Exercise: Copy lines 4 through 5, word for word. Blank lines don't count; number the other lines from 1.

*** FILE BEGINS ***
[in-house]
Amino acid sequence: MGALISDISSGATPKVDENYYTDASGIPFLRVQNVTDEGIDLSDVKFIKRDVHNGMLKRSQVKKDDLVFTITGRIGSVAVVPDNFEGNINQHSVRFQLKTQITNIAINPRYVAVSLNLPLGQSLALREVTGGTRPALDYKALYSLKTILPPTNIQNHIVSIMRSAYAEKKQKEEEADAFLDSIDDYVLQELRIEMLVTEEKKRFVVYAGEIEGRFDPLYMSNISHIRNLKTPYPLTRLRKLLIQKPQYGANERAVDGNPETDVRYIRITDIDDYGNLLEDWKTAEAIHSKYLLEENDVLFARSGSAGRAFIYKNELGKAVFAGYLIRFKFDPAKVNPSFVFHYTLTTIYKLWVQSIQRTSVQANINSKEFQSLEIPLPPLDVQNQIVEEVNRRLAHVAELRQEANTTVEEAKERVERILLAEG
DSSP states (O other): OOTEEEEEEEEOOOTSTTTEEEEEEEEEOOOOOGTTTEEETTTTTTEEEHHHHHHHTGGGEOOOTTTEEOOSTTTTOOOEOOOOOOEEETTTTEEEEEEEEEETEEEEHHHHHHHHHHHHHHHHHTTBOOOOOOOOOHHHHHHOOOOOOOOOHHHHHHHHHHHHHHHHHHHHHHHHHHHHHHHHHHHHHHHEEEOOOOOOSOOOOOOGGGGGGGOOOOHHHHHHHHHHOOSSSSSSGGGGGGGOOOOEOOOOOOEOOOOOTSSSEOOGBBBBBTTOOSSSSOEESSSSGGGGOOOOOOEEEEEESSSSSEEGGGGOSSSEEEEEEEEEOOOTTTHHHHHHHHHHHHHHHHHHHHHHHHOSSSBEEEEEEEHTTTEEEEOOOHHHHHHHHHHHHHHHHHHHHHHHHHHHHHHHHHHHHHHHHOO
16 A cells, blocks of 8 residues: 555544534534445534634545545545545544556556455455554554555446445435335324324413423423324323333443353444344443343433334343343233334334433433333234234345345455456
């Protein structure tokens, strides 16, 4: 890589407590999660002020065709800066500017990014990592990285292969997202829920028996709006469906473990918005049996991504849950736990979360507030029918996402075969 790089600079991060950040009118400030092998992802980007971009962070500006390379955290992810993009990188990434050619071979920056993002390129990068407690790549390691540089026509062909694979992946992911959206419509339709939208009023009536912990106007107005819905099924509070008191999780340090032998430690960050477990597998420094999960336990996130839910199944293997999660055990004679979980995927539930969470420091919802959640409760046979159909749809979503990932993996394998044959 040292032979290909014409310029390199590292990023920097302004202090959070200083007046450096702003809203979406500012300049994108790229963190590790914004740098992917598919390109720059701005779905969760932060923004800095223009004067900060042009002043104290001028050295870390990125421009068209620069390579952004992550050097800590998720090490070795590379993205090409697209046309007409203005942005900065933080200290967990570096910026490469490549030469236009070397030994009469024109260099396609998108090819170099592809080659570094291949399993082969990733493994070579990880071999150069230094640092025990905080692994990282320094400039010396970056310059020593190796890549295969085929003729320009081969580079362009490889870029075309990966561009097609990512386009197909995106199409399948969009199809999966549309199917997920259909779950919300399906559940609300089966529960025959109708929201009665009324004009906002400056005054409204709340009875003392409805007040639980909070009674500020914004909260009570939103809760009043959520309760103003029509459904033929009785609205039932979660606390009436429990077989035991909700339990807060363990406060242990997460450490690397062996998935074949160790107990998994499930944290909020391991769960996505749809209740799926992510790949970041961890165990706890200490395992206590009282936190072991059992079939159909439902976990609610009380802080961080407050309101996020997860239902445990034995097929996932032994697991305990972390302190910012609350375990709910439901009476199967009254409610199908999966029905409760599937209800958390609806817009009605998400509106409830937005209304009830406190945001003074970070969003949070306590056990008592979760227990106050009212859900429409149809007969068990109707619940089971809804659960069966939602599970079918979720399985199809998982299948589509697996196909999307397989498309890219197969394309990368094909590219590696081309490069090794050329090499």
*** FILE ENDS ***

16 A cells, blocks of 8 residues: 555544534534445534634545545545545544556556455455554554555446445435335324324413423423324323333443353444344443343433334343343233334334433433333234234345345455456
């Protein structure tokens, strides 16, 4: 890589407590999660002020065709800066500017990014990592990285292969997202829920028996709006469906473990918005049996991504849950736990979360507030029918996402075969 790089600079991060950040009118400030092998992802980007971009962070500006390379955290992810993009990188990434050619071979920056993002390129990068407690790549390691540089026509062909694979992946992911959206419509339709939208009023009536912990106007107005819905099924509070008191999780340090032998430690960050477990597998420094999960336990996130839910199944293997999660055990004679979980995927539930969470420091919802959640409760046979159909749809979503990932993996394998044959 040292032979290909014409310029390199590292990023920097302004202090959070200083007046450096702003809203979406500012300049994108790229963190590790914004740098992917598919390109720059701005779905969760932060923004800095223009004067900060042009002043104290001028050295870390990125421009068209620069390579952004992550050097800590998720090490070795590379993205090409697209046309007409203005942005900065933080200290967990570096910026490469490549030469236009070397030994009469024109260099396609998108090819170099592809080659570094291949399993082969990733493994070579990880071999150069230094640092025990905080692994990282320094400039010396970056310059020593190796890549295969085929003729320009081969580079362009490889870029075309990966561009097609990512386009197909995106199409399948969009199809999966549309199917997920259909779950919300399906559940609300089966529960025959109708929201009665009324004009906002400056005054409204709340009875003392409805007040639980909070009674500020914004909260009570939103809760009043959520309760103003029509459904033929009785609205039932979660606390009436429990077989035991909700339990807060363990406060242990997460450490690397062996998935074949160790107990998994499930944290909020391991769960996505749809209740799926992510790949970041961890165990706890200490395992206590009282936190072991059992079939159909439902976990609610009380802080961080407050309101996020997860239902445990034995097929996932032994697991305990972390302190910012609350375990709910439901009476199967009254409610199908999966029905409760599937209800958390609806817009009605998400509106409830937005209304009830406190945001003074970070969003949070306590056990008592979760227990106050009212859900429409149809007969068990109707619940089971809804659960069966939602599970079918979720399985199809998982299948589509697996196909999307397989498309890219197969394309990368094909590219590696081309490069090794050329090499």